Trains, Trolleys, Buses and Cars: Maynard Sesquicentennial History Series
Presented by David Mark
November 23, 2021
On November 23, at 7:00 p.m., the Maynard Public Library will present a Zoomed talk titled: “Trains, Trolleys, Buses and Cars.” Register (free) at https://www.maynardpubliclibrary.org/may150 . This is the tenth in a monthly series of history lectures produced by the Sesquicentennial Steering Committee as part of Maynard’s celebration of the 150th anniversary of its creation on April 19, 1871. The December will be “Food Cooperatives.” A new history book “MAYNARD MASSACHUSETTS: A Brief History” is for sale for $21.99 at 6 Bridges Gallery, 77 Main Street, WED-SAT, 12-5.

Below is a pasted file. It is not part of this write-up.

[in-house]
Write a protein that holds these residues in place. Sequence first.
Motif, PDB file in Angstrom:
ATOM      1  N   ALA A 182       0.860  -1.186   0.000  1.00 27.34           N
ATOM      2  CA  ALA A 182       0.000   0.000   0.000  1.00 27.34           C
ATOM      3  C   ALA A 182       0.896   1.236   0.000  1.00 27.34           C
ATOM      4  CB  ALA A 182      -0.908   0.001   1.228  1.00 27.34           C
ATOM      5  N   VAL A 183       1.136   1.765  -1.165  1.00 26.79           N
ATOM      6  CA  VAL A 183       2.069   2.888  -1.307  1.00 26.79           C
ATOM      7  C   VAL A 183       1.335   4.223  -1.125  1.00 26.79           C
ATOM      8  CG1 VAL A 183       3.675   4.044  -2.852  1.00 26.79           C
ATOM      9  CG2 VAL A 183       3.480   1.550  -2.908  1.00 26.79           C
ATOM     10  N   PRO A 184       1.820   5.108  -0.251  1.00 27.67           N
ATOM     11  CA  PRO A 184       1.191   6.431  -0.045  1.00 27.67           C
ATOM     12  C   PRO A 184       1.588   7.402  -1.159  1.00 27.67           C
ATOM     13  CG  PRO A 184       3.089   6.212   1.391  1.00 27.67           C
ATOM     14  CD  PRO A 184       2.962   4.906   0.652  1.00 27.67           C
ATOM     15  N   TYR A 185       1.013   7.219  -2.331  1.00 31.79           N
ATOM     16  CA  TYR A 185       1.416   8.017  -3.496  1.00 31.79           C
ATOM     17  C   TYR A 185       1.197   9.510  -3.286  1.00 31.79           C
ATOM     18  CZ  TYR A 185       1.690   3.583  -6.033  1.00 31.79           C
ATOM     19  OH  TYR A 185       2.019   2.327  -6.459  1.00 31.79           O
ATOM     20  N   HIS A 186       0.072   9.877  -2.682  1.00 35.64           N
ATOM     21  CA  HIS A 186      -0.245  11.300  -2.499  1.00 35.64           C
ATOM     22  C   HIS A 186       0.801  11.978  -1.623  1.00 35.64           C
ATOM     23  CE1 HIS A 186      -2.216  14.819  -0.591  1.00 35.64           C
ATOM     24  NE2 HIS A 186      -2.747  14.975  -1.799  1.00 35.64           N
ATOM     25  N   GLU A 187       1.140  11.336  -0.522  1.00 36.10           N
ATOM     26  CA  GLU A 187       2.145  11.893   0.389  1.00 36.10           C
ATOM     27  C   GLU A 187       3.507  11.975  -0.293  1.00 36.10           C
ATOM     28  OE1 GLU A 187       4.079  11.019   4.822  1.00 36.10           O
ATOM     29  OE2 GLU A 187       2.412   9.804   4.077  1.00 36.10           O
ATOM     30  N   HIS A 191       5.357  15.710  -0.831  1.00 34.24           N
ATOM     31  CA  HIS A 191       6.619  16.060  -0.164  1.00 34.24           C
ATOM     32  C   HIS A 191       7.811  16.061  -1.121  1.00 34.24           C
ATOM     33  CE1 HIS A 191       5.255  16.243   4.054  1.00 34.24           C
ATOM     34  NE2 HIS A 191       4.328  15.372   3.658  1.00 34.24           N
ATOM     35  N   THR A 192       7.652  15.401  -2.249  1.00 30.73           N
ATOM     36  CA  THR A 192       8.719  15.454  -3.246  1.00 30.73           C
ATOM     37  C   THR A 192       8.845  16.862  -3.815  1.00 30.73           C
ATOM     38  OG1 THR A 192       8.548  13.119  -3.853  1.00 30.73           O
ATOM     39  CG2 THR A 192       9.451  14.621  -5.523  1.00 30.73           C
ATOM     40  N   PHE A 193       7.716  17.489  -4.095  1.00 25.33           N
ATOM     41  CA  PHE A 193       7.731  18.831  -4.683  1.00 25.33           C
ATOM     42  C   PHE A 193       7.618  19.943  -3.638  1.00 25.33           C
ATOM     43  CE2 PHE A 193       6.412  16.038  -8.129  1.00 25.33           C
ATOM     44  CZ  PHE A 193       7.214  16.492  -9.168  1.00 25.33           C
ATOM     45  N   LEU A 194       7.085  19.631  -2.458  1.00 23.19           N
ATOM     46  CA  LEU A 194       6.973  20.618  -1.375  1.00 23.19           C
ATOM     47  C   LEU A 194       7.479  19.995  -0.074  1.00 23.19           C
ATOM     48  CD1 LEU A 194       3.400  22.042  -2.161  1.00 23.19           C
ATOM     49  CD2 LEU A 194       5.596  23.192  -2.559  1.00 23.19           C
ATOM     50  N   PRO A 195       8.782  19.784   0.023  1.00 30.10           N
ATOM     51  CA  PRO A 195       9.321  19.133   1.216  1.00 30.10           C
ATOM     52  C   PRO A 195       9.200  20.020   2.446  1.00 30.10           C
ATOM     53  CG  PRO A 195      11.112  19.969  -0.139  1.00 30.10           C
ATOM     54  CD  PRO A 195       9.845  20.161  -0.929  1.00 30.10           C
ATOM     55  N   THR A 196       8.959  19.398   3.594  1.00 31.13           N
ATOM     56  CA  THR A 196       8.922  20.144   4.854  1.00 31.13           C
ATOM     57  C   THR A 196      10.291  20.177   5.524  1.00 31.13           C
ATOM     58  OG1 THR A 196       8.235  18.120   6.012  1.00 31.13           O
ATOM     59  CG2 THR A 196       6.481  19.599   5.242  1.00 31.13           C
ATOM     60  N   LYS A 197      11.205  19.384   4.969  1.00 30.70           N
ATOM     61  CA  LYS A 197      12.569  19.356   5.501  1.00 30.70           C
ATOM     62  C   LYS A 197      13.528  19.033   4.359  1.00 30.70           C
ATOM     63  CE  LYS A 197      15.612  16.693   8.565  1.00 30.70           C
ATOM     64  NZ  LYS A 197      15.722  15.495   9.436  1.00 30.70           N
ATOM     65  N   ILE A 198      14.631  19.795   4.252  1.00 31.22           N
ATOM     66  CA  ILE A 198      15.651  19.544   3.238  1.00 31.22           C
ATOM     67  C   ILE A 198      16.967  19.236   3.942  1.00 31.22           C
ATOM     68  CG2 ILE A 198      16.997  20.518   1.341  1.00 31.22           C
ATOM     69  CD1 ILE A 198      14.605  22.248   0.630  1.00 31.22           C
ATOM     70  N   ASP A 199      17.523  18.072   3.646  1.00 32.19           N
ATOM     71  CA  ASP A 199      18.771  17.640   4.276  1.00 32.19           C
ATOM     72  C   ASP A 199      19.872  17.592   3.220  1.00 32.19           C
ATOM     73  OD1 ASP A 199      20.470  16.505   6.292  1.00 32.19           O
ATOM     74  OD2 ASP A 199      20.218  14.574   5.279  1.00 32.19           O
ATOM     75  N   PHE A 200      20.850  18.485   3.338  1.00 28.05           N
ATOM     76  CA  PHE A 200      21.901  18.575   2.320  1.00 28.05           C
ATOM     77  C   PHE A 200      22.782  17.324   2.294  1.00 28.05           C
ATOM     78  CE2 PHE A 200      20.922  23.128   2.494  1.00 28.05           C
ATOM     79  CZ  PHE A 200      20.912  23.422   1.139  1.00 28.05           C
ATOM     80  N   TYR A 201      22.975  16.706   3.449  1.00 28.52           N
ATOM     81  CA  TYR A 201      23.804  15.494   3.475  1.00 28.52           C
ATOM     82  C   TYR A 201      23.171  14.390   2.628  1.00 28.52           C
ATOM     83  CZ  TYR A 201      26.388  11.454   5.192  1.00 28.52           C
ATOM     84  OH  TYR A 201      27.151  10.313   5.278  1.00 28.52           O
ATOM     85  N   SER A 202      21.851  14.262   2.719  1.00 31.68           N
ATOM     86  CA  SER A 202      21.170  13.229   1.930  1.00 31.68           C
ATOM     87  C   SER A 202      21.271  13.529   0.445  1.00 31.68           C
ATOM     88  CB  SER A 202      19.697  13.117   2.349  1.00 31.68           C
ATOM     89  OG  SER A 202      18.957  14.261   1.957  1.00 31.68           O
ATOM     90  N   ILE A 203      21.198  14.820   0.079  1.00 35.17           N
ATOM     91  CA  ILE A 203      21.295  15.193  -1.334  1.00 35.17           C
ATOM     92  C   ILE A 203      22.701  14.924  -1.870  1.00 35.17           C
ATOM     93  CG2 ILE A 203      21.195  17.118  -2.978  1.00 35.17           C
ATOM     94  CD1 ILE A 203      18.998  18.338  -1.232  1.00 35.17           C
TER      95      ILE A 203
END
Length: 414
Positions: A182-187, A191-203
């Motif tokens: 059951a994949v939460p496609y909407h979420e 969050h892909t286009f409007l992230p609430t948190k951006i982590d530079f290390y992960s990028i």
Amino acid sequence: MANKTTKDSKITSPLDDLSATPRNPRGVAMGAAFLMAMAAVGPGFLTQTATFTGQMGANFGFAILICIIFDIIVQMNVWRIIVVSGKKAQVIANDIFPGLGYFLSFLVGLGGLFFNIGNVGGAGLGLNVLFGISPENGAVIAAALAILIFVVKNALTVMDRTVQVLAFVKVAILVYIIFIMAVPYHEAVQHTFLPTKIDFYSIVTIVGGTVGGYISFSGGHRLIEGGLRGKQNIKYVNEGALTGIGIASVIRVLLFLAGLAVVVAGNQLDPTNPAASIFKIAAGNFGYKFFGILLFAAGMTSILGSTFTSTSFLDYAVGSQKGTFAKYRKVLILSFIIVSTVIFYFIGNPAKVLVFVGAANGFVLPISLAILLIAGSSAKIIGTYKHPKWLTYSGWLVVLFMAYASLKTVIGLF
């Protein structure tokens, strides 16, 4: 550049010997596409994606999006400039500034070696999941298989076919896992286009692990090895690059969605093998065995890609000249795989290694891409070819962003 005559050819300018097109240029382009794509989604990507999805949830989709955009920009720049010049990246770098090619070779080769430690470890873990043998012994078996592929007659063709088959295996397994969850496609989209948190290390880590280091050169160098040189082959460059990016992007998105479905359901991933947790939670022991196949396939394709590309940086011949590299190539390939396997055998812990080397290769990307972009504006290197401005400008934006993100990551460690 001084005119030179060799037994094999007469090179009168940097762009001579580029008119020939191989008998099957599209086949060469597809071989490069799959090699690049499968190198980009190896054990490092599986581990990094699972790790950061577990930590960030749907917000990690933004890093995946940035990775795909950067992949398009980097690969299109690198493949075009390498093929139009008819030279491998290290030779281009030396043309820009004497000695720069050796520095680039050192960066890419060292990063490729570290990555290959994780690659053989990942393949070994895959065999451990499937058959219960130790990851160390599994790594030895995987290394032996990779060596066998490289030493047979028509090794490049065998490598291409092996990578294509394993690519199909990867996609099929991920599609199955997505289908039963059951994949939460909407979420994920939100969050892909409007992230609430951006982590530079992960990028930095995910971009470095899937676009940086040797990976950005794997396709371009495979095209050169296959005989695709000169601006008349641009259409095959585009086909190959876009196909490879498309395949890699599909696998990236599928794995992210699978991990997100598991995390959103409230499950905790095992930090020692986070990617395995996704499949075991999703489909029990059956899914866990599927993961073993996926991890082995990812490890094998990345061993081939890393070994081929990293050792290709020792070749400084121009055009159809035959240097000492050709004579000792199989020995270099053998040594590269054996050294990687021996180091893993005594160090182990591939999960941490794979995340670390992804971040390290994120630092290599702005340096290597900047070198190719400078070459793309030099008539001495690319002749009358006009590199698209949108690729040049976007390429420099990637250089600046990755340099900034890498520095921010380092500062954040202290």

Maynard author and historian David Mark will speak about means of transportation used spanning Maynard’s 150-year history. That starts with horses, plus ‘shank’s mare’ (walking). Until the Congregational Church was built, church services were several miles away. The railroad arrived in 1850. Passenger service ended in 1958, freight not many years later. The Golden Age of bicycles spanned the 1890s. Electric-powered trolleys arrived in 1901; service connected Concord to Hudson, with a spur to the South Acton train station. The trolley era ended in 1923. Lovell Bus Lines, founded by John Lovell in 1923, operated until 1972. And then, cars!! The first, 1899, was a Stanley Steamer, owned by Dr. Frank Rich. By 1910 there were two car dealers in town, repair shops, gas stations, car rental businesses, attempts to control speeding, and the first reported accident. Lastly, from 1948 to 2016, Sidney Mason and then his son Jack operated “Sid’s Airport” out of their backyard, on Summer Street.